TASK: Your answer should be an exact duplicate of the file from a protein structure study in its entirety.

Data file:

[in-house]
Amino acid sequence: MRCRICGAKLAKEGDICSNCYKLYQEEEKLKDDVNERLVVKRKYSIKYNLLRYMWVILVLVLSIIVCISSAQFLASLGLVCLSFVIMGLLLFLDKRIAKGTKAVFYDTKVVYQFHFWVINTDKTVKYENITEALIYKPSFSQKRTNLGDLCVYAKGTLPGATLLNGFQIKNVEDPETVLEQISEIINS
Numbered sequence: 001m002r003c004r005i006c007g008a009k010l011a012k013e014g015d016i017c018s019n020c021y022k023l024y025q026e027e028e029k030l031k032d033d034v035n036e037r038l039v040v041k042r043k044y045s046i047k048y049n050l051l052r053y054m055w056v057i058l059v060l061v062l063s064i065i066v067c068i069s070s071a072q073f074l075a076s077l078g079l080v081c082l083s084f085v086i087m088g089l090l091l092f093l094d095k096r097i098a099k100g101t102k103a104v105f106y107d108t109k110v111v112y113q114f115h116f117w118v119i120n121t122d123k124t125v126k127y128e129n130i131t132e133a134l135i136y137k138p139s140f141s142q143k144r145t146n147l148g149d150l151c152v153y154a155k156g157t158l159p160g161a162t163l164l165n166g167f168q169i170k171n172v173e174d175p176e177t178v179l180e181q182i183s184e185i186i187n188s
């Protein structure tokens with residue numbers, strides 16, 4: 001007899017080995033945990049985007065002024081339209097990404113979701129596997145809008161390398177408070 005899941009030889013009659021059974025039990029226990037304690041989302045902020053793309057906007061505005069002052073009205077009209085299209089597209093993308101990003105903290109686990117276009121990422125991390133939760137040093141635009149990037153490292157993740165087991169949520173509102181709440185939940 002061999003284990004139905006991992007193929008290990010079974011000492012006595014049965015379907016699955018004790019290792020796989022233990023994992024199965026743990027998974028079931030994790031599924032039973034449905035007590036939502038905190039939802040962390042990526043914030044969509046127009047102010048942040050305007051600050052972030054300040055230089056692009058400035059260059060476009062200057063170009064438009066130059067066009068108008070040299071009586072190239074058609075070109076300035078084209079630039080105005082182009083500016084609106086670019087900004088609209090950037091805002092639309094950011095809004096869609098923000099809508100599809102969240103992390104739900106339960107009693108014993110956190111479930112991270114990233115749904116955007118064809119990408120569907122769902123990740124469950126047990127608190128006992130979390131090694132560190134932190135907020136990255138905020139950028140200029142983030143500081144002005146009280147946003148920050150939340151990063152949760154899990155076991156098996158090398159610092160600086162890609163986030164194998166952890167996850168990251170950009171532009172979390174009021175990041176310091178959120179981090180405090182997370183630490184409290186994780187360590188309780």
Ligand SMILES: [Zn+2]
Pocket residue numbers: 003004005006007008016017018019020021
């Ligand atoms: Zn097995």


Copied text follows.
[in-house]
Amino acid sequence: MRCRICGAKLAKEGDICSNCYKLYQEEEKLKDDVNERLVVKRKYSIKYNLLRYMWVILVLVLSIIVCISSAQFLASLGLVCLSFVIMGLLLFLDKRIAKGTKAVFYDTKVVYQFHFWVINTDKTVKYENITEALIYKPSFSQKRTNLGDLCVYAKGTLPGATLLNGFQIKNVEDPETVLEQISEIINS
Numbered sequence: 001m002r003c004r005i006c007g008a009k010l011a012k013e014g015d016i017c018s019n020c021y022k023l024y025q026e027e028e029k030l031k032d033d034v035n036e037r038l039v040v041k042r043k044y045s046i047k048y049n050l051l052r053y054m055w056v057i058l059v060l061v062l063s064i065i066v067c068i069s070s071a072q073f074l075a076s077l078g079l080v081c082l083s084f085v086i087m088g089l090l091l092f093l094d095k096r097i098a099k100g101t102k103a104v105f106y107d108t109k110v111v112y113q114f115h116f117w118v119i120n121t122d123k124t125v126k127y128e129n130i131t132e133a134l135i136y137k138p139s140f141s142q143k144r145t146n147l148g149d150l151c152v153y154a155k156g157t158l159p160g161a162t163l164l165n166g167f168q169i170k171n172v173e174d175p176e177t178v179l180e181q182i183s184e185i186i187n188s
């Protein structure tokens with residue numbers, strides 16, 4: 001007899017080995033945990049985007065002024081339209097990404113979701129596997145809008161390398177408070 005899941009030889013009659021059974025039990029226990037304690041989302045902020053793309057906007061505005069002052073009205077009209085299209089597209093993308101990003105903290109686990117276009121990422125991390133939760137040093141635009149990037153490292157993740165087991169949520173509102181709440185939940 002061999003284990004139905006991992007193929008290990010079974011000492012006595014049965015379907016699955018004790019290792020796989022233990023994992024199965026743990027998974028079931030994790031599924032039973034449905035007590036939502038905190039939802040962390042990526043914030044969509046127009047102010048942040050305007051600050052972030054300040055230089056692009058400035059260059060476009062200057063170009064438009066130059067066009068108008070040299071009586072190239074058609075070109076300035078084209079630039080105005082182009083500016084609106086670019087900004088609209090950037091805002092639309094950011095809004096869609098923000099809508100599809102969240103992390104739900106339960107009693108014993110956190111479930112991270114990233115749904116955007118064809119990408120569907122769902123990740124469950126047990127608190128006992130979390131090694132560190134932190135907020136990255138905020139950028140200029142983030143500081144002005146009280147946003148920050150939340151990063152949760154899990155076991156098996158090398159610092160600086162890609163986030164194998166952890167996850168990251170950009171532009172979390174009021175990041176310091178959120179981090180405090182997370183630490184409290186994780187360590188309780």
Ligand SMILES: [Zn+2]
Pocket residue numbers: 003004005006007008016017018019020021
């Ligand atoms: Zn097995």